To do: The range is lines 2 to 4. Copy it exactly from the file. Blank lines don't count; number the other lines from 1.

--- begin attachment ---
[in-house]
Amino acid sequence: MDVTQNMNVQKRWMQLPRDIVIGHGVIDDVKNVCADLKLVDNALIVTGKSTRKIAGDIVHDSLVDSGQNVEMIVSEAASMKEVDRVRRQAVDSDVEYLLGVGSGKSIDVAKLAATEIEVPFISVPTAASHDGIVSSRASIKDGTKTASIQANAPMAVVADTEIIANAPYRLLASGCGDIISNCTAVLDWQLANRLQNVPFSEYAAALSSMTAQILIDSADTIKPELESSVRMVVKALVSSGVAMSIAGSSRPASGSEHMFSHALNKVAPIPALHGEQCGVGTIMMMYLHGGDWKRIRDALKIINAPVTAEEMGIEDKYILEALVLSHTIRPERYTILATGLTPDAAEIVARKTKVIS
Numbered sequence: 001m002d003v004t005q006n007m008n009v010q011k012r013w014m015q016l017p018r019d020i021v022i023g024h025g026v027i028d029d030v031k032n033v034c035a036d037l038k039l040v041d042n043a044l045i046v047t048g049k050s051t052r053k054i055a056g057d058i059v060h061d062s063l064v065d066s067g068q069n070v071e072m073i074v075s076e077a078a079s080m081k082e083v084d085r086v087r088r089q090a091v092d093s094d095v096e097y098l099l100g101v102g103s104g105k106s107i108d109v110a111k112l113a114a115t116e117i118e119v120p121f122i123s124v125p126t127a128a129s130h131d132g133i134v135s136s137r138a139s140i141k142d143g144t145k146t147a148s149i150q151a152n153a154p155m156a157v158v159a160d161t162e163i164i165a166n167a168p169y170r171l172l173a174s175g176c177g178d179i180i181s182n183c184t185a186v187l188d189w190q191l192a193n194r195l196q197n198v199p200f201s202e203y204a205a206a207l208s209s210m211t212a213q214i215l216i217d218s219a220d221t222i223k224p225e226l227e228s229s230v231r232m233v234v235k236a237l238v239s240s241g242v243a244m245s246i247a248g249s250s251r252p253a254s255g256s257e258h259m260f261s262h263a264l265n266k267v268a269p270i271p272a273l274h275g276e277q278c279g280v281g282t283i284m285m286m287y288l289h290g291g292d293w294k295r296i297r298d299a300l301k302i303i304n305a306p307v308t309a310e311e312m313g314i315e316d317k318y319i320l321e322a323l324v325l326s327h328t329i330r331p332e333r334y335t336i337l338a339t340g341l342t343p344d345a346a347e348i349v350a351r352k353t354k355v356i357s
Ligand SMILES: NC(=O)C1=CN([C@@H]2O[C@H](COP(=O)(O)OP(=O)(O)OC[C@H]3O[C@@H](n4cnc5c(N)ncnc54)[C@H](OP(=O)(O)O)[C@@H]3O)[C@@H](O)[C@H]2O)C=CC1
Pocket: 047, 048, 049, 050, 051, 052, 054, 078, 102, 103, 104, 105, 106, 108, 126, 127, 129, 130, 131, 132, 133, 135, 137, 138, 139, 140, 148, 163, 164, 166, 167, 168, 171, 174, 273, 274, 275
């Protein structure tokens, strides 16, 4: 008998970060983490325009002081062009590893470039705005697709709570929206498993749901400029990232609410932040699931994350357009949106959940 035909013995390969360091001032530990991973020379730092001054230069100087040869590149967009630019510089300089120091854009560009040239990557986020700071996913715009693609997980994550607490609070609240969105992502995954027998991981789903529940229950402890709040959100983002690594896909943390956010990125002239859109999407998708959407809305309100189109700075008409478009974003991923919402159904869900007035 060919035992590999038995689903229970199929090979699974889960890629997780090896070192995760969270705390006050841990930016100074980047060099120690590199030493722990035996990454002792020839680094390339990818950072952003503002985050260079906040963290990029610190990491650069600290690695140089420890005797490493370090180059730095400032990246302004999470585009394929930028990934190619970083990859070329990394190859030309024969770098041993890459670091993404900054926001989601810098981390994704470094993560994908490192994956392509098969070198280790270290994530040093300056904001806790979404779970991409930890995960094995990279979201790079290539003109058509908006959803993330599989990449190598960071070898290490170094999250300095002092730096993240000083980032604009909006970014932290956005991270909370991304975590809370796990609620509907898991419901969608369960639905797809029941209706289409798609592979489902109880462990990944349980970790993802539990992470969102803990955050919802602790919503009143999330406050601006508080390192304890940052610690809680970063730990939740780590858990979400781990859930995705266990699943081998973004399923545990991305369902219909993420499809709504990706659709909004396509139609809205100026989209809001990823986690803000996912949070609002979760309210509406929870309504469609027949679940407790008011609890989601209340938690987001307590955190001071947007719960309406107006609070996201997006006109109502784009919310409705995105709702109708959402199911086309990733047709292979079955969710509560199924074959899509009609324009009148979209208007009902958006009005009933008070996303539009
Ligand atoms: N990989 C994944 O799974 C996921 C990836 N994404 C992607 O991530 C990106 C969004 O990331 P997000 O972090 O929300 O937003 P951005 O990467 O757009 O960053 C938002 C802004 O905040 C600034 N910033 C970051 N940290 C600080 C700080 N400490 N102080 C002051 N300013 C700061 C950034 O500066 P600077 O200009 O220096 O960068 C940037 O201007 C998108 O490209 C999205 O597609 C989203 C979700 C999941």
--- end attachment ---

Amino acid sequence: MDVTQNMNVQKRWMQLPRDIVIGHGVIDDVKNVCADLKLVDNALIVTGKSTRKIAGDIVHDSLVDSGQNVEMIVSEAASMKEVDRVRRQAVDSDVEYLLGVGSGKSIDVAKLAATEIEVPFISVPTAASHDGIVSSRASIKDGTKTASIQANAPMAVVADTEIIANAPYRLLASGCGDIISNCTAVLDWQLANRLQNVPFSEYAAALSSMTAQILIDSADTIKPELESSVRMVVKALVSSGVAMSIAGSSRPASGSEHMFSHALNKVAPIPALHGEQCGVGTIMMMYLHGGDWKRIRDALKIINAPVTAEEMGIEDKYILEALVLSHTIRPERYTILATGLTPDAAEIVARKTKVIS
Numbered sequence: 001m002d003v004t005q006n007m008n009v010q011k012r013w014m015q016l017p018r019d020i021v022i023g024h025g026v027i028d029d030v031k032n033v034c035a036d037l038k039l040v041d042n043a044l045i046v047t048g049k050s051t052r053k054i055a056g057d058i059v060h061d062s063l064v065d066s067g068q069n070v071e072m073i074v075s076e077a078a079s080m081k082e083v084d085r086v087r088r089q090a091v092d093s094d095v096e097y098l099l100g101v102g103s104g105k106s107i108d109v110a111k112l113a114a115t116e117i118e119v120p121f122i123s124v125p126t127a128a129s130h131d132g133i134v135s136s137r138a139s140i141k142d143g144t145k146t147a148s149i150q151a152n153a154p155m156a157v158v159a160d161t162e163i164i165a166n167a168p169y170r171l172l173a174s175g176c177g178d179i180i181s182n183c184t185a186v187l188d189w190q191l192a193n194r195l196q197n198v199p200f201s202e203y204a205a206a207l208s209s210m211t212a213q214i215l216i217d218s219a220d221t222i223k224p225e226l227e228s229s230v231r232m233v234v235k236a237l238v239s240s241g242v243a244m245s246i247a248g249s250s251r252p253a254s255g256s257e258h259m260f261s262h263a264l265n266k267v268a269p270i271p272a273l274h275g276e277q278c279g280v281g282t283i284m285m286m287y288l289h290g291g292d293w294k295r296i297r298d299a300l301k302i303i304n305a306p307v308t309a310e311e312m313g314i315e316d317k318y319i320l321e322a323l324v325l326s327h328t329i330r331p332e333r334y335t336i337l338a339t340g341l342t343p344d345a346a347e348i349v350a351r352k353t354k355v356i357s
Ligand SMILES: NC(=O)C1=CN([C@@H]2O[C@H](COP(=O)(O)OP(=O)(O)OC[C@H]3O[C@@H](n4cnc5c(N)ncnc54)[C@H](OP(=O)(O)O)[C@@H]3O)[C@@H](O)[C@H]2O)C=CC1